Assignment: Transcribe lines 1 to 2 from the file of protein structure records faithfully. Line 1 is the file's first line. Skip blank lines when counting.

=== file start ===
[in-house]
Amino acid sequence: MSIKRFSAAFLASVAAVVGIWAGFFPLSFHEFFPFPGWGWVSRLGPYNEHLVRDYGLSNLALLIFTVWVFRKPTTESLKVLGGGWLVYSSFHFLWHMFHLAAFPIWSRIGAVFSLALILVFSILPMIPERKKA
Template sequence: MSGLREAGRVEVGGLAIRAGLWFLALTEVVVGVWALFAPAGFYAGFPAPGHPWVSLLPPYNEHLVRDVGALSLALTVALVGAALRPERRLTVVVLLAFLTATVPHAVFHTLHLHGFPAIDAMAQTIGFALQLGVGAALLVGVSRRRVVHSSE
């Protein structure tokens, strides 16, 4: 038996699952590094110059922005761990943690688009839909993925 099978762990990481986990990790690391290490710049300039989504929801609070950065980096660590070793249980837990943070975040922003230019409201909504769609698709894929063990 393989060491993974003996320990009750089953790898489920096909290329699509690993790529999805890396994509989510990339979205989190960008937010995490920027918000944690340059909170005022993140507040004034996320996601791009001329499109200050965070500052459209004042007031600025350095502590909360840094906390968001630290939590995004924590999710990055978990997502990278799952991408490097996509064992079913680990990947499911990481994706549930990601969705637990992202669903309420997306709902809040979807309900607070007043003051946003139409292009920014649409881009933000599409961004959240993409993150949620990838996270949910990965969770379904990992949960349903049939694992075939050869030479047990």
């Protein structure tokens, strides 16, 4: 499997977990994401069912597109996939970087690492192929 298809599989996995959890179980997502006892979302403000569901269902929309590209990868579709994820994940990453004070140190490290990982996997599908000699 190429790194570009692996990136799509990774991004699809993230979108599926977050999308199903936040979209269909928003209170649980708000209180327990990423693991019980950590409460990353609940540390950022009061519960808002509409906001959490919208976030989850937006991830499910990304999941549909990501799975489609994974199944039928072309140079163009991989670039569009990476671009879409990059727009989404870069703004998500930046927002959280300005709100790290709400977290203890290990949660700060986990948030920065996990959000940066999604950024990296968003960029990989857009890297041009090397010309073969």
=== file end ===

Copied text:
[in-house]
Amino acid sequence: MSIKRFSAAFLASVAAVVGIWAGFFPLSFHEFFPFPGWGWVSRLGPYNEHLVRDYGLSNLALLIFTVWVFRKPTTESLKVLGGGWLVYSSFHFLWHMFHLAAFPIWSRIGAVFSLALILVFSILPMIPERKKA